If you’re going to learn sweep picking exercises, it’s important to understand economy picking as well.
Sweeping follows the economy of motion across multiple strings using 1 note at a time, and is a sub-technique of economy picking.
With economy picking, you’re incorporating sweep picking into everything you do. Anytime you move from one string to the next, when you’re using odd note or hammer-on sequences in particular, you’ll move to the new string using the same picking motion that you ended with on the previous string.
In this example, taken from this post, you’ll use a sweep picking motion to move from the 7th fret D to the 10th fret A. This is done using upstrokes, as shown by the “U” symbols.
Everything else is played with a downstroke and a hammer-on, which can be thought of as:
This is just an introductory example for incorporating sweeping into phrases that aren’t consistently “sweeping” up and down the strings.
Sweep Picking Exercise 9: 4-string major arpeggios
4-string major arpeggios are just your CAGED shapes broken down into 4-string shapes.
If you want to visualize these arpeggios and the other sweep picking arpeggios using simple diagrams, then this lesson on sweep picking arpeggio shapes will help you out!
4-string sweep picking exercises and shapes use the same sweeping motion as the 3-string shapes but now have an additional string.
To increase coordination, make sure you practice each arpeggio shape by itself, before you attempt to sweep it.
Sweep Picking Exercise 10: 4-string minor arpeggios
The 4-string minor arpeggios are just like the major arpeggio shapes, but with a flattened 3rd!
Take note of where the flattened 3rd is, as it will make it easier to memorize your major and minor arpeggios and sweep picking exercises.
On top of that, it will also help your ear develop a sense of difference between major and minor sounds.
Lastly, to make things easier, this exercise and the last exercise both use the same root note, G, for all three 4-string arpeggio shapes.
Don’t know where G is? Then you better memorize the fretboard notes!
Sweep Picking Exercise 11: 5-string major arpeggios
These are the two most common 5-string major arpeggio sweep picking patterns.
As long as you’ve been paying attention to the motions of your right hand, and the left-hand arpeggio shapes, then these new shapes won’t be too hard because they only add a couple of new notes!
The second shape in this exercise does incorporate a hammer-on, but it works the same way as the hammer-on pattern from the earlier hammer-on exercise.
Sweep Picking Exercise 12: 5-string minor arpeggios
Once again, these 5-string minor arpeggios are just like the previous arpeggio shapes, but have a flattened 3rd.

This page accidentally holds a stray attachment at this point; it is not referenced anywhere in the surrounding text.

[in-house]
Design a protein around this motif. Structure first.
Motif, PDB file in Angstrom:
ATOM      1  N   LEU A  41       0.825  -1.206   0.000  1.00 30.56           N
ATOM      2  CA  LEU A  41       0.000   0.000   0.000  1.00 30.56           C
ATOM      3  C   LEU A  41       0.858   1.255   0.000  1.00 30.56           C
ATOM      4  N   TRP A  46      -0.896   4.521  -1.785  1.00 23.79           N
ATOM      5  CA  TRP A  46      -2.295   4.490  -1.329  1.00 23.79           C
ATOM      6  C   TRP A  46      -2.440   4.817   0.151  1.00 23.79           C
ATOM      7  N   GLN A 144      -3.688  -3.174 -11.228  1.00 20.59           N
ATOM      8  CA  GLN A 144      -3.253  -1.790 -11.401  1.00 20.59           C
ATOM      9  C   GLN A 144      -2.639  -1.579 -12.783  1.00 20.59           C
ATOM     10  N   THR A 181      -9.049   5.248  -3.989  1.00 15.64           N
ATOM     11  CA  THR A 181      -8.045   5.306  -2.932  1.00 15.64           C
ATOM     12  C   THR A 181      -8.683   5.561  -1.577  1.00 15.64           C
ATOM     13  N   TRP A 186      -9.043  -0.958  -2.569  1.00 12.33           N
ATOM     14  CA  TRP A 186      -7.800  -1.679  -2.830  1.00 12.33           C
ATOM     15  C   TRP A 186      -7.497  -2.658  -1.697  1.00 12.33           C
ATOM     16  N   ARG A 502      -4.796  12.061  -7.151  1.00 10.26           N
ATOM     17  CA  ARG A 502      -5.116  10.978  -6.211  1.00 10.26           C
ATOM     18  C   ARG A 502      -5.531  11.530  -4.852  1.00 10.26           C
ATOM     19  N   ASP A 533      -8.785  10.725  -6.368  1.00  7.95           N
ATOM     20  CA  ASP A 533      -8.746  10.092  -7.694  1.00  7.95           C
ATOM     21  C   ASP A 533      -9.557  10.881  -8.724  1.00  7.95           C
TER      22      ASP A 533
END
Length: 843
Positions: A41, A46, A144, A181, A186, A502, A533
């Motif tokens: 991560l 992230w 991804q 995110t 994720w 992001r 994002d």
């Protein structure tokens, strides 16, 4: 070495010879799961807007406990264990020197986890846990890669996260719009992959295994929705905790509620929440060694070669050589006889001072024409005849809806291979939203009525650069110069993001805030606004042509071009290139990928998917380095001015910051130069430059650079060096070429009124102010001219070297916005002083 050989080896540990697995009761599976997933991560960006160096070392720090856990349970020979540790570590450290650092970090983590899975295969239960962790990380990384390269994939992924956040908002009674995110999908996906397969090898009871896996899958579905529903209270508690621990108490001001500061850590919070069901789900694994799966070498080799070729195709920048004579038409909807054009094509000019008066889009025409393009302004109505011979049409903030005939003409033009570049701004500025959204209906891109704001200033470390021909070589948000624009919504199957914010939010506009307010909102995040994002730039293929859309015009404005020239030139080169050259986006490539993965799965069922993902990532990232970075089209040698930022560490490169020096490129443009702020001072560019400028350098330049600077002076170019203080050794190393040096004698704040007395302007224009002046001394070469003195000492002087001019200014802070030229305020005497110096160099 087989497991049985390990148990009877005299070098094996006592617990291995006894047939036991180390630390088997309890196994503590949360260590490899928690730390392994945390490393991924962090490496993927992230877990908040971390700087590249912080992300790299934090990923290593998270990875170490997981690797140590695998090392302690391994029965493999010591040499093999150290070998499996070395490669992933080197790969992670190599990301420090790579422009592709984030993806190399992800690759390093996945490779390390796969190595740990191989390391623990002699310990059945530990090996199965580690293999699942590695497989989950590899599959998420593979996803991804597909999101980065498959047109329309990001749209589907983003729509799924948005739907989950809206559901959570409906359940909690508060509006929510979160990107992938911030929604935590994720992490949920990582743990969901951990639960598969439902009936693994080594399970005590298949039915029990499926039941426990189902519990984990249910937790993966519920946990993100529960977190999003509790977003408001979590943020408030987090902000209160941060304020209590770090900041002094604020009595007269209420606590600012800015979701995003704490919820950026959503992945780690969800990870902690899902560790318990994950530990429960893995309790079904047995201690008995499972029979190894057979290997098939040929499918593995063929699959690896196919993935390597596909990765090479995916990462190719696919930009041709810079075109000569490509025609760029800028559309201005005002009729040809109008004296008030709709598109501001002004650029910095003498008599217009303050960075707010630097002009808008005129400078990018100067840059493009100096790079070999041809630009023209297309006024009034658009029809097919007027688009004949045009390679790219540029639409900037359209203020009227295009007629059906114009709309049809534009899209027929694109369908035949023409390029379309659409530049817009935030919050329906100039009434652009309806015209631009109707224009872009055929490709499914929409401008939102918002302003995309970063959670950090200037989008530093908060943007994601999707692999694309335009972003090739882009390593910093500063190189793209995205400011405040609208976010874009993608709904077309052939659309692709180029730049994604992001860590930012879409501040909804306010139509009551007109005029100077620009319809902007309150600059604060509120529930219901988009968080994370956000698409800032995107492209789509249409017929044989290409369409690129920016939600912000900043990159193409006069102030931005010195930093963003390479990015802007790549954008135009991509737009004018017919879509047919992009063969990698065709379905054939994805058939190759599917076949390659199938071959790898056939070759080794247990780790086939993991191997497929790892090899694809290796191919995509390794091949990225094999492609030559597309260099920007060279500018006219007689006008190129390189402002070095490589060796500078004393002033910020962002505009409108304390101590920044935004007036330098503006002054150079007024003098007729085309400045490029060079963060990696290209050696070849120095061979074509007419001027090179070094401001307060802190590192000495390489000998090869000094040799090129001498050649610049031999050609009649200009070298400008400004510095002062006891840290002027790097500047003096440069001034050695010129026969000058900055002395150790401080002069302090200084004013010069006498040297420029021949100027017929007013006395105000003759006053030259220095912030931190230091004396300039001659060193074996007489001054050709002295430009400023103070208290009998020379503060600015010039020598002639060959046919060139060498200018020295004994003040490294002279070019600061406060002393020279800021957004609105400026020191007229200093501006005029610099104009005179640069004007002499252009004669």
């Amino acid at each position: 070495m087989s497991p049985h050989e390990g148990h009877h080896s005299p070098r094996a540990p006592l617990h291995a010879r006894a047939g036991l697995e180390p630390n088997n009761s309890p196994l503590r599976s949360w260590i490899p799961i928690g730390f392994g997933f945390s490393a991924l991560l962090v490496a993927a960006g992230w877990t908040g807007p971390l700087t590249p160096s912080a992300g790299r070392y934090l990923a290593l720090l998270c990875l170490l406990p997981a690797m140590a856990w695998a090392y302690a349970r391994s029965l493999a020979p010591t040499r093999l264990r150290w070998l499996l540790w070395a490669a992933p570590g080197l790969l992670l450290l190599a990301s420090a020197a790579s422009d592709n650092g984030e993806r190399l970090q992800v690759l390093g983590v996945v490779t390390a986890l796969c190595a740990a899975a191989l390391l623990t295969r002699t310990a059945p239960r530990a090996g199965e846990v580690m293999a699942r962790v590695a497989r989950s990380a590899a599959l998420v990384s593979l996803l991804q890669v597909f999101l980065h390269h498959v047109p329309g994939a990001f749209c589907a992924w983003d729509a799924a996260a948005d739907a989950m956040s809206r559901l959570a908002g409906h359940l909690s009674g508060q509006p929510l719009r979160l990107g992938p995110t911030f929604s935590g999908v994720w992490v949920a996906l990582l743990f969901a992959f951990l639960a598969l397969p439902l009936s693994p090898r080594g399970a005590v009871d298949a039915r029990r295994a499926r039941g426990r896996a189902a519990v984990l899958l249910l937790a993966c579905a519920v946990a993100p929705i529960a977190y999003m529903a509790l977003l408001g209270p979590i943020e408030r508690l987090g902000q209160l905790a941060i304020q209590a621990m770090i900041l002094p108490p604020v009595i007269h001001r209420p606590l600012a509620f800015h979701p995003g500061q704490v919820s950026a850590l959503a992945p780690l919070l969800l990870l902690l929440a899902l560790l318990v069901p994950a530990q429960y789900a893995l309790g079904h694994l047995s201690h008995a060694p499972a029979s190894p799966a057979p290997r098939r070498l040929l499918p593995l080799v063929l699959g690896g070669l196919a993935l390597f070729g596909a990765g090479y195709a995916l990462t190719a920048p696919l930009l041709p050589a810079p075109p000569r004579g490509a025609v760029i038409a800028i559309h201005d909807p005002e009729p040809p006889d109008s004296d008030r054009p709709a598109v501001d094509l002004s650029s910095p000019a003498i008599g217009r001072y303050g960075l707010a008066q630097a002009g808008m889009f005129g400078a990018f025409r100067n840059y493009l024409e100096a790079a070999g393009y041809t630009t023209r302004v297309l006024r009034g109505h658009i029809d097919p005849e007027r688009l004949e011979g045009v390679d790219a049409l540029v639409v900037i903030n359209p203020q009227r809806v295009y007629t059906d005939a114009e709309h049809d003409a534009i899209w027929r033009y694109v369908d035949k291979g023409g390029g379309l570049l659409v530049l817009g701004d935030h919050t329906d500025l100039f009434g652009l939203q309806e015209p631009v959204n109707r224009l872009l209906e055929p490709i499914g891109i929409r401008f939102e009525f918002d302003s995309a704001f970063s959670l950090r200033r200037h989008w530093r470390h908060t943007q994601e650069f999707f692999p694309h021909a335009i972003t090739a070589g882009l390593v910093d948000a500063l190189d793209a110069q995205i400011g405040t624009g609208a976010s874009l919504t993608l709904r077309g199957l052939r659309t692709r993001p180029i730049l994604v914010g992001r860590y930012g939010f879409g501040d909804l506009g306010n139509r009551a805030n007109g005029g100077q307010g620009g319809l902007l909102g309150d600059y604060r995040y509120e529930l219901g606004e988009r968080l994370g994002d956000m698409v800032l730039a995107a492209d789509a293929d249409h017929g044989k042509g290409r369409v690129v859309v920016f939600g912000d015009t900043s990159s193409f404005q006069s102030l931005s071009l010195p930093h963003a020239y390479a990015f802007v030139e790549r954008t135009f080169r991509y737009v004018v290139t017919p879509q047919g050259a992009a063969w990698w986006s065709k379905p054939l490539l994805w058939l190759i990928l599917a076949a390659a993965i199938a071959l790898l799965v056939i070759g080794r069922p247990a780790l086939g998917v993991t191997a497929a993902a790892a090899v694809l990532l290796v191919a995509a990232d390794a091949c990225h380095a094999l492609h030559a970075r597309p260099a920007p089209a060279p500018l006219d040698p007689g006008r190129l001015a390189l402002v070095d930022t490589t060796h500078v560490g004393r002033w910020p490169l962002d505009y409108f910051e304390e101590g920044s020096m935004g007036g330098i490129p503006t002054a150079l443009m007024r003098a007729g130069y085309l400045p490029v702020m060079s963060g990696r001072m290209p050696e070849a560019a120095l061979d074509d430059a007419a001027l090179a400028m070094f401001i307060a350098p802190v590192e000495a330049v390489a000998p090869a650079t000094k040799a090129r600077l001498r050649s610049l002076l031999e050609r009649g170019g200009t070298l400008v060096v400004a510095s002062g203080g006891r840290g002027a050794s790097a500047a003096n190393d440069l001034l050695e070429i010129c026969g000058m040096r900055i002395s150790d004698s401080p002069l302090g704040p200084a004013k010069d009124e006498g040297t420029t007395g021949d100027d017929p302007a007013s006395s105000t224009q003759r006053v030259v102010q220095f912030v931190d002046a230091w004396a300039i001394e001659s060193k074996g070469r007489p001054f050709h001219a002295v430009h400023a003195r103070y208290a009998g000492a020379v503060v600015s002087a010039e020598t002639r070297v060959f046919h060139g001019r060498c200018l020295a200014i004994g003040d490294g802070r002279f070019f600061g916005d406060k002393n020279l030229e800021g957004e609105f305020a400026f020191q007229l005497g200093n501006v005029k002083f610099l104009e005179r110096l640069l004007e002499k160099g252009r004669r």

As long as you got down the previous sweep picking exercises, this one will be no problem!
Sweep Picking Exercise 13: 6-string major arpeggio
6-string arpeggios are monstrous, and they’re quite extensive.
This 6-string major arpeggio builds off one of the 4-string arpeggios you learned earlier but adds 3 more low notes to that shape.
This makes for a huge shape with 15 notes, and a hammer-on from the start.
Here’s what your sweeping motions need to look like, step-by-step:
- On the low E, pick Down, then hammer-on
- Do a downward sweep For strings A to high e
- Pick upward on the 7th fret of high e, then pull-off to the 3rd fret
- Because of your previous upstroke, your hand is now positioned to do 5 more upstrokes, from the B string to the 7th fret of low E
- End with a pull-off to the 3rd fret of low E. You can also play that note with a downstroke if you want to restart the sweeping.
Sweep Picking Exercise 14: 6-string minor arpeggio
The 6-string minor arpeggio shape uses a boatload of barring, so hopefully you’re prepared for that.
As with all previous major and minor arpeggio shapes, compare this 6-string shape to your 6-string major arpeggio shape, and take note of where the major 3rd becomes a minor 3rd.
This exercise uses the same set of picking motions from the previous 6-string exercise.
Sweep Picking Exercise 15: Sweep tapping technique
Sweep tapping is one of our more advanced sweep picking exercises, seeing that it combines two techniques that are already difficult on their own.
But playing guitar wouldn’t be fun if there was no challenge, right?
Anyways, in order to play this exercise you’ll need to know how to tap.
This example used the same 5-string minor arpeggio you used earlier, but it incorporates the next highest note in the arpeggio, the 18th fret of the high E string.
To play this tapped note, you’ll perform the typical downward sweeping motion, and when you get to the high E string everything will be played using hammer-ons and pull-offs.
On the high E string, the hammer-on from fret 10 to fret 15 gives your right-hand time to slide onto the fretboard and tap the 18th fret. From there , everything else is sweep picking as usual!
Turnaround with the tapped pull-off from fret 18 to 15, then a normal pull-off from fret 15 to 10, then descend with your standard upward sweeping motion.
You can sweep tap anywhere by finding the next highest note in an arpeggio shape and tapping it.
Sweep picking exercises PDF
Sweep picking exercises audio
Now that you’ve learned some common sweep picking exercises you can move onto more techniques and exercises.
If you wish to further understand sweep picking and its applications, then learn these economy picking exercises.
If you wish to understand techniques better as a whole, then check out this post explaining guitar techniques.
Lastly, keep practicing, and don’t forget to follow the best practices for sweep picking!